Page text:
For more, read this week’s Connacht Tribune.

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Connacht Tribune

Sense of belonging that brings it all back home

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Dave O'Connell

A Different View with Dave O’Connell

It was a chat with a ‘Galwegian in exile’ that brought it all home to me; although now domiciled in the capital for more years than he’d lived in the west, he was delighted to bring his Dublin-born daughter to the All-Ireland Football Final wearing her maroon jersey.

To be honest, she’d probably have gone to Croke Park dressed as Elsa from Frozen because it was just a day out – but Daddy couldn’t have been prouder if his eleven-year-old came on for Damien Comer with five minutes to go.

The sense of place is understandable when it comes to ourselves as born-and-bred Galwegians, because while you can change where you live as often as you like, even if you wanted to, you can never change where you’re from.

But trying to impose your own geographical heritage on the next generation is alternatively seen as understandable and a little selfish at the same time.

It’s a topic for discussion in our own house on occasion because while the two lads grew up in Galway, they were in fact born in Dublin – and if they want to pull my chain, all they have to do is remind of that fact.

My reply is a tired and stock one, to the effect that although Jesus was born in a stable, nobody ever suggested that made him a horse.

The more serious point is that you are shaped by your formative years rather than the maternity hospital of your arrival – and those years were spent in Galway.

Galway is their point of reference for sport and music and school friends and nights out and pubs and college – and almost everything else that really matters.

For more, read this week’s Connacht Tribune.

Connacht Tribune Digital Edition App

Download the Connacht Tribune Digital Edition App to access to Galway’s best-selling newspaper.

Click HERE to download it for iPhone and iPad from Apple’s App Store, or HERE to get the Android Version from Google Play.

Or purchase the Digital Edition for PC, Mac or Laptop from Pagesuite  HERE.

Get the Connacht Tribune Live app
The Connacht Tribune Live app is the home of everything that is happening in Galway City and county. It’s completely FREE and features all the latest news, sport and information on what’s on in your area. Click HERE to download it for iPhone and iPad from Apple’s App Store, or HERE to get the Android Version from Google Play.

 

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Connacht Tribune

Gaeltacht days – and a rite of passage to remember forever

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Dave O'Connell

A Different View with Dave O’Connell

A scholarship to Irish College wasn’t so much a backhanded compliment as an inverted acknowledgement of your grasp of the language – in other words you got one because you were bordering on useless, or to put it more diplomatically you’d benefit more than the rest from a couple of weeks of immersion in your native tongue.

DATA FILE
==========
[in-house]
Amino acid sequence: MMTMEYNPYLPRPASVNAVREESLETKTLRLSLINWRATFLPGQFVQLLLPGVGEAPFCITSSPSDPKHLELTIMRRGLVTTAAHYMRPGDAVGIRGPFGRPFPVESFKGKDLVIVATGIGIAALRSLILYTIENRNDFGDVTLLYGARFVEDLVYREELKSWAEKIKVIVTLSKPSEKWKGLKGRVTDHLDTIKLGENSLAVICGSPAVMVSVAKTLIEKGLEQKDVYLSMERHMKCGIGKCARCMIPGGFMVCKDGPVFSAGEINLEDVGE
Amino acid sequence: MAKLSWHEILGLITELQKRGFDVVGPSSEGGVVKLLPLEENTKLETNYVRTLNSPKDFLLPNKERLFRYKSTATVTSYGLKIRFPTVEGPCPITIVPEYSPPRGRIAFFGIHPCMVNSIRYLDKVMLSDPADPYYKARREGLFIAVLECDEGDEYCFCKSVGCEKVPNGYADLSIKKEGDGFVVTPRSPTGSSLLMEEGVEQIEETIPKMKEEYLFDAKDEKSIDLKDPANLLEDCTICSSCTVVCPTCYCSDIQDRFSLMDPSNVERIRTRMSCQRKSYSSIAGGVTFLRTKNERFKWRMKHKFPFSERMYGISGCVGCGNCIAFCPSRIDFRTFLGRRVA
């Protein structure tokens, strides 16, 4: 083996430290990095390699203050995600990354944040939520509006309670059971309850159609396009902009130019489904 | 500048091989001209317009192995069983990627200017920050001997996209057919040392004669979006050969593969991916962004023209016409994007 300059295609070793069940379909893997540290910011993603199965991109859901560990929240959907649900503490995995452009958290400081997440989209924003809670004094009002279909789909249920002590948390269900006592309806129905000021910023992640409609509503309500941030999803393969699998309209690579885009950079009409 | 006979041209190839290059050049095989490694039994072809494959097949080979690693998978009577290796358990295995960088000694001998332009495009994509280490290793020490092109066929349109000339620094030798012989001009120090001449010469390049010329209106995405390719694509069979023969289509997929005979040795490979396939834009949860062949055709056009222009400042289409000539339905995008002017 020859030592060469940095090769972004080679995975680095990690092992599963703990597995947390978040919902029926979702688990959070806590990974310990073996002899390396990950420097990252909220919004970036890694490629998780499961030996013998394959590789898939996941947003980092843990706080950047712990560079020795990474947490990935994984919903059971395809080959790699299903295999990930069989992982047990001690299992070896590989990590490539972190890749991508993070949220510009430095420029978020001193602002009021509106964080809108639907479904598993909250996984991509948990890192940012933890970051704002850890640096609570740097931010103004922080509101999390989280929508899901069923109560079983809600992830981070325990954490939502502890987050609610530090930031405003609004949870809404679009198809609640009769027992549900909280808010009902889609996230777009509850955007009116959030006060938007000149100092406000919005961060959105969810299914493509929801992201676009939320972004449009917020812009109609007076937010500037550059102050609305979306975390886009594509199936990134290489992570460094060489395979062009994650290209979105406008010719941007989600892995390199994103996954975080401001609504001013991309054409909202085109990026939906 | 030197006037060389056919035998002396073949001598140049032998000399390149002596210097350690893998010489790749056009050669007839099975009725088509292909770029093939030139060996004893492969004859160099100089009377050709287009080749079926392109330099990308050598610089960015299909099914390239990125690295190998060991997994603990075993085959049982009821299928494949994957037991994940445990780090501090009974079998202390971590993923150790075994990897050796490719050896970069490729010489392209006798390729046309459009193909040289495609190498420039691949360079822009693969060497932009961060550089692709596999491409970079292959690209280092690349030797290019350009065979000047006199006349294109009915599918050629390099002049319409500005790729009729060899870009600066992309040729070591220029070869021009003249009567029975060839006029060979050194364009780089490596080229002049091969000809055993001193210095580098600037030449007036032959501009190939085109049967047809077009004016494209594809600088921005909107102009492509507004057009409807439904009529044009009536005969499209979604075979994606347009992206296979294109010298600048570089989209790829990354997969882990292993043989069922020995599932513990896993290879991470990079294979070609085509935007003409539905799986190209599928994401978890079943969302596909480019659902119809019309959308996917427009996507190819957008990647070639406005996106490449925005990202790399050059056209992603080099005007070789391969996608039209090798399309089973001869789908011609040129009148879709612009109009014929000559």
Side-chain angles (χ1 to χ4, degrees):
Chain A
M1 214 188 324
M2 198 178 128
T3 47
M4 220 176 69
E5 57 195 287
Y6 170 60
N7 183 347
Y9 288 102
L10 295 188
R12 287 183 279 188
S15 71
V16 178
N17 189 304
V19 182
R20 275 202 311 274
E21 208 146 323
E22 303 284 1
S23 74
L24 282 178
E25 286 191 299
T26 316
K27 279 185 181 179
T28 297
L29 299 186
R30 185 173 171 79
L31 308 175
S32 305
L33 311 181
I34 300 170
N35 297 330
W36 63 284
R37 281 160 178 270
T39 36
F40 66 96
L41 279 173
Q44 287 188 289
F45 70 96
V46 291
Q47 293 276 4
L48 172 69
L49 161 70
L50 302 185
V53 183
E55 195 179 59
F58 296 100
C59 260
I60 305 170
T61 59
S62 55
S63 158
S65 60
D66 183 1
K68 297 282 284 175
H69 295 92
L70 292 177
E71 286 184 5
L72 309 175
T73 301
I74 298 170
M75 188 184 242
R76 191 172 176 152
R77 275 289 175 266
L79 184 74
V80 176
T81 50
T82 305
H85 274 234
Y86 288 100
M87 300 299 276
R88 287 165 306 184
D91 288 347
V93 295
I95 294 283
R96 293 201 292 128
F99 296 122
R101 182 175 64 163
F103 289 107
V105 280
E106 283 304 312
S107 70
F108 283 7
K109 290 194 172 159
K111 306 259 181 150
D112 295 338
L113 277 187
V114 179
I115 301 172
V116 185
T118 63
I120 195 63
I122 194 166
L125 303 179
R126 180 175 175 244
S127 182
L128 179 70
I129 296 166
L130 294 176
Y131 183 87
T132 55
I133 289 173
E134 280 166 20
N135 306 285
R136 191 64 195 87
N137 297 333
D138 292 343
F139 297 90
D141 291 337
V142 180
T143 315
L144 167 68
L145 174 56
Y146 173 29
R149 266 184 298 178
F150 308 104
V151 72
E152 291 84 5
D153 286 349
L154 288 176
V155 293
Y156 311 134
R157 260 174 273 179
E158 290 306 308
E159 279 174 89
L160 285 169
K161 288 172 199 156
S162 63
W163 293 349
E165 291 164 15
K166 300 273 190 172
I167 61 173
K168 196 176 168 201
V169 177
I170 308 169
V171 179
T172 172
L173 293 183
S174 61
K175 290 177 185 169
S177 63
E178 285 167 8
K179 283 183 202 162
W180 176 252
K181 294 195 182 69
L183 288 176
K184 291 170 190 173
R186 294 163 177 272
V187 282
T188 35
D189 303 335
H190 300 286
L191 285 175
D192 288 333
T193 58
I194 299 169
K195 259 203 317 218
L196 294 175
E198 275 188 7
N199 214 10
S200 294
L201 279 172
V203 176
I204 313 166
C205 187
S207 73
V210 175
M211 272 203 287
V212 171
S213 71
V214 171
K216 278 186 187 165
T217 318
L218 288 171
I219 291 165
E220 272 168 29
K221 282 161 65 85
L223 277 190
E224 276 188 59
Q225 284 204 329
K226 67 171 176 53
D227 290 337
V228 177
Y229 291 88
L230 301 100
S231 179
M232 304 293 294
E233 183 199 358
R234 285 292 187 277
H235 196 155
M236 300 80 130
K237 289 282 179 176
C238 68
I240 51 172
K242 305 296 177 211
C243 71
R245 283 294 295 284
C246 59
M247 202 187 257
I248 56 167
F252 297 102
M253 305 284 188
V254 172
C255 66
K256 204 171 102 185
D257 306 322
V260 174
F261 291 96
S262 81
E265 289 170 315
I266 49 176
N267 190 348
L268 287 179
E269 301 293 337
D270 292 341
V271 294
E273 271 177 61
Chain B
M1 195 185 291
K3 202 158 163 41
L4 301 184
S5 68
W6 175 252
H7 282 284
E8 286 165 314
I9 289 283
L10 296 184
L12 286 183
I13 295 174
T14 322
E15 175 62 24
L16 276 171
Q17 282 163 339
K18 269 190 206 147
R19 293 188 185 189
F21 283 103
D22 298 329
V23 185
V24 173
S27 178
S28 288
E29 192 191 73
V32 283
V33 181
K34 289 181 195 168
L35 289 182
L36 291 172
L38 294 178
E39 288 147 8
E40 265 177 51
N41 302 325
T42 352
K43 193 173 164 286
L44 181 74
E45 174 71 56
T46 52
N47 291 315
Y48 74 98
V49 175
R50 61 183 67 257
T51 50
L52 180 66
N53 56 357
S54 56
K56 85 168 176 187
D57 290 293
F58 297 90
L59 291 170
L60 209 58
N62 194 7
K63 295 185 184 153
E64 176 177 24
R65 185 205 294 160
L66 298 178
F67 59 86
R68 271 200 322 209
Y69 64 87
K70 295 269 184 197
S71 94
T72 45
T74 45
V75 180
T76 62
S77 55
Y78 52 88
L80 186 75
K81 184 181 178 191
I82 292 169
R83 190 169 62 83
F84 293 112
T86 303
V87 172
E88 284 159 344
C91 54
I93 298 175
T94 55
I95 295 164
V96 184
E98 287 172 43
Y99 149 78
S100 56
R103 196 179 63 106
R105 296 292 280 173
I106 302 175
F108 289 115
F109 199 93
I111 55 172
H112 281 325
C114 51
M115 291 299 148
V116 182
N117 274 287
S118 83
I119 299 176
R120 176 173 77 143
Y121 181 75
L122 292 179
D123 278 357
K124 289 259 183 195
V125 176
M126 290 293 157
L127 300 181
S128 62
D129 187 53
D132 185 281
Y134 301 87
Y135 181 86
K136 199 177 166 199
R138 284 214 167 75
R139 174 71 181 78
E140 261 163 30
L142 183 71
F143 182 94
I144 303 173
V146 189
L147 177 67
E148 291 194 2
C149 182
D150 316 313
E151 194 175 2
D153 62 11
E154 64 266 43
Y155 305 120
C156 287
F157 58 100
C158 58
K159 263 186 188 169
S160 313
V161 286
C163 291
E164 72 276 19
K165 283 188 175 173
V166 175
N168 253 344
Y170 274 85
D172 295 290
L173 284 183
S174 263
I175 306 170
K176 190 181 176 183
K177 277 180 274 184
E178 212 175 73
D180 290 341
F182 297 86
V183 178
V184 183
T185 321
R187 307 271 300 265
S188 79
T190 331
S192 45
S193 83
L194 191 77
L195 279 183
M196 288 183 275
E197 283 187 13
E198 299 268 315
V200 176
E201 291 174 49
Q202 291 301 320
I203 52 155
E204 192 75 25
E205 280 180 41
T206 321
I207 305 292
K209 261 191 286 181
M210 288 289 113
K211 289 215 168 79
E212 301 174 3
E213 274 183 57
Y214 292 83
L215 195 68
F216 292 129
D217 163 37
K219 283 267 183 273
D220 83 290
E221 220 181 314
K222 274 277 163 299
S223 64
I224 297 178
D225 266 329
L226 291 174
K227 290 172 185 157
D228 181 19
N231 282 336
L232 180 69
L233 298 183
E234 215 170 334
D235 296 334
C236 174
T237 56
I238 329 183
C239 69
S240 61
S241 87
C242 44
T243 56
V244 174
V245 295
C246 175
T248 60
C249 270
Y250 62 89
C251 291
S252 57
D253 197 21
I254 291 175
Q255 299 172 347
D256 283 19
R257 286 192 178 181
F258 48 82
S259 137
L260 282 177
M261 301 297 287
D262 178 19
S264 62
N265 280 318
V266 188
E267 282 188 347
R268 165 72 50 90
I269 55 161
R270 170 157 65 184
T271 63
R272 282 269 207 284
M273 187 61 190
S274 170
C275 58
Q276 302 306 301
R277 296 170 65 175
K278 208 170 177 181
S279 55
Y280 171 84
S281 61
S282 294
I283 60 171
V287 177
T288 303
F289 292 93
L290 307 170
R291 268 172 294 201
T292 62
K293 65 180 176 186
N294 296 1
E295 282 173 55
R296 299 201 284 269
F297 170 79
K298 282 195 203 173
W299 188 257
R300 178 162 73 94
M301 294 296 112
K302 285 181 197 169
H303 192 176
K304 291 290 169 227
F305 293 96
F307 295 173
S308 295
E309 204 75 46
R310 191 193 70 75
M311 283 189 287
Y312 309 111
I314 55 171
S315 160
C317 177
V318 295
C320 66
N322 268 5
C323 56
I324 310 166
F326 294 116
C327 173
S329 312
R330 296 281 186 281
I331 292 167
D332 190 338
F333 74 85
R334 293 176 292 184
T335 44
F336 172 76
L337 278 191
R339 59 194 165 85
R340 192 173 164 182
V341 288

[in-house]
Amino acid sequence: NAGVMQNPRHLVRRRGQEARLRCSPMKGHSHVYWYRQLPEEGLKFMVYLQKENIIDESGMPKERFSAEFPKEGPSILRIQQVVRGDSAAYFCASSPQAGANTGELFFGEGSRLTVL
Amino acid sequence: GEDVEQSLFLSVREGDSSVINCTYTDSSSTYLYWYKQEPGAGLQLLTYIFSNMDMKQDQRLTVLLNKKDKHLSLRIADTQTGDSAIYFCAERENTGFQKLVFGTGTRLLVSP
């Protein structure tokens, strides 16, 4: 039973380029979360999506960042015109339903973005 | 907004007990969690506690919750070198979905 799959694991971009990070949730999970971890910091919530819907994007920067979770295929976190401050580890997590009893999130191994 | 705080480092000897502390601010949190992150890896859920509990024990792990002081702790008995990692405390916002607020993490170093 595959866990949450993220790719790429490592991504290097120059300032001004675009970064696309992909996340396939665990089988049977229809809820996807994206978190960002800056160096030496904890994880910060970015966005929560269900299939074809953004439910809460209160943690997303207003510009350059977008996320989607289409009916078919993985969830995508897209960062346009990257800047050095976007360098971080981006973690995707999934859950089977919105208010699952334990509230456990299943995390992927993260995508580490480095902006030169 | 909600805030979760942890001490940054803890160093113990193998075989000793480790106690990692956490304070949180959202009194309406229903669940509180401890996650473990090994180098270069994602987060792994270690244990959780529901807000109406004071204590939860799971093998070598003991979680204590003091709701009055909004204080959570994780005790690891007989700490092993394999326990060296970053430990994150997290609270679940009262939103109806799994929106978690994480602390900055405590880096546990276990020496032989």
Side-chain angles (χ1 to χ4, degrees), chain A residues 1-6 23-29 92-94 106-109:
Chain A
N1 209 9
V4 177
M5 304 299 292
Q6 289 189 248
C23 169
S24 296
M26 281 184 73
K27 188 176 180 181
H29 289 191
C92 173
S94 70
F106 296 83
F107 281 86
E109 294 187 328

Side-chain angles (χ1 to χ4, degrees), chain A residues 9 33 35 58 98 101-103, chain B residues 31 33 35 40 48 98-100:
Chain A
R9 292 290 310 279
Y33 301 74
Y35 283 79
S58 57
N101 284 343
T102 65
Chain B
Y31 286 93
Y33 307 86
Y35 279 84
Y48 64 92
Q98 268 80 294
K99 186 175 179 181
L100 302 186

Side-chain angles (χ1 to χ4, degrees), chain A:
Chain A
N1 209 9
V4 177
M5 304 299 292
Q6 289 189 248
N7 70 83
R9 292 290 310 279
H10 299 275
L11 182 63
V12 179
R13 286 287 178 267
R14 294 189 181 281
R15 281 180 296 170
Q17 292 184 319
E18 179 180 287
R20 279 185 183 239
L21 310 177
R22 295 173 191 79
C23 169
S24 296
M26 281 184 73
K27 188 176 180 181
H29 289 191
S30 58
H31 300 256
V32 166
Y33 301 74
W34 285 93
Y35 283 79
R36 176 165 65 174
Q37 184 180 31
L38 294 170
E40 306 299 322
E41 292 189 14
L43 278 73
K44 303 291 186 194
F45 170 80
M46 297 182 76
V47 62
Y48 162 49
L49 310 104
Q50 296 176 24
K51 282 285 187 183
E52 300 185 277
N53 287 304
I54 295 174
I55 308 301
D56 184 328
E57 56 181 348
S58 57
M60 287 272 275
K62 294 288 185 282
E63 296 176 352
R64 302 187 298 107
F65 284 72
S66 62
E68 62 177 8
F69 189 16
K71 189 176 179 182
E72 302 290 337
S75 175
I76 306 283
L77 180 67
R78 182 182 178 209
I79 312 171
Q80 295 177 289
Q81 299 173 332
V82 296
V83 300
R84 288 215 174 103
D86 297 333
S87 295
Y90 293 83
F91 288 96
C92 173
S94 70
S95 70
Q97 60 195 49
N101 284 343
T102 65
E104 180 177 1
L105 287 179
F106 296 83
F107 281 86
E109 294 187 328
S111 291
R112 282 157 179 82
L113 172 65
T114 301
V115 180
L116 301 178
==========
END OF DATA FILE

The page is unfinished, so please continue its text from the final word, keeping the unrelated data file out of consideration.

Only it then transpired that the experience of three weeks in the Gaeltacht taught you that going there had a small bit to do with learning Irish for sure – but a whole lot to do with growing up, or at least beginning that blossoming process.

And you would do all this in an atmosphere as alien to your small teenage self as free elections are to the people of Russia; céilís, cispheil, comhra agus craic – as well as an Irish language version of the Streets of London written and taught to us by Art Ó Dufaigh that still lives in the memory bank, even longer than Ralph McTell’s original.

The truth, when you get there, is the realisation that three weeks in the Gaeltacht is a little like a week at the Galway Races or the Rose of Tralee; just as the horses or the Roses are ostensibly the reason for going, they’re really just the hook to get you there.

And so it is that you go to the Gaeltacht to learn the language but you come home having learned so much more.

My Gaeltacht summer was at the tail end of the seventies with three weeks in Beal a’ Dangan and céilís in Nestor’s Hall, brought there in a bus by a young man called Máirtín Tom Sheáinín who would go on to enjoy a stellar career as a broadcaster – particularly presenting Comhrá – but was back then a knacky driver with a dream, traversing windy roads in pitch darkness.

For more, read this week’s Connacht Tribune.

Connacht Tribune Digital Edition App

Download the Connacht Tribune Digital Edition App to access to Galway’s best-selling newspaper.

Click HERE to download it for iPhone and iPad from Apple’s App Store, or HERE to get the Android Version from Google Play.

Or purchase the Digital Edition for PC, Mac or Laptop from Pagesuite  HERE.

Get the Connacht Tribune Live app
The Connacht Tribune Live app is the home of everything that is happening in Galway City and county. It’s completely FREE and features all the latest news, sport and information on what’s on in your area. Click HERE to download it for iPhone and iPad from Apple’s App Store, or HERE to get the Android Version from Google Play.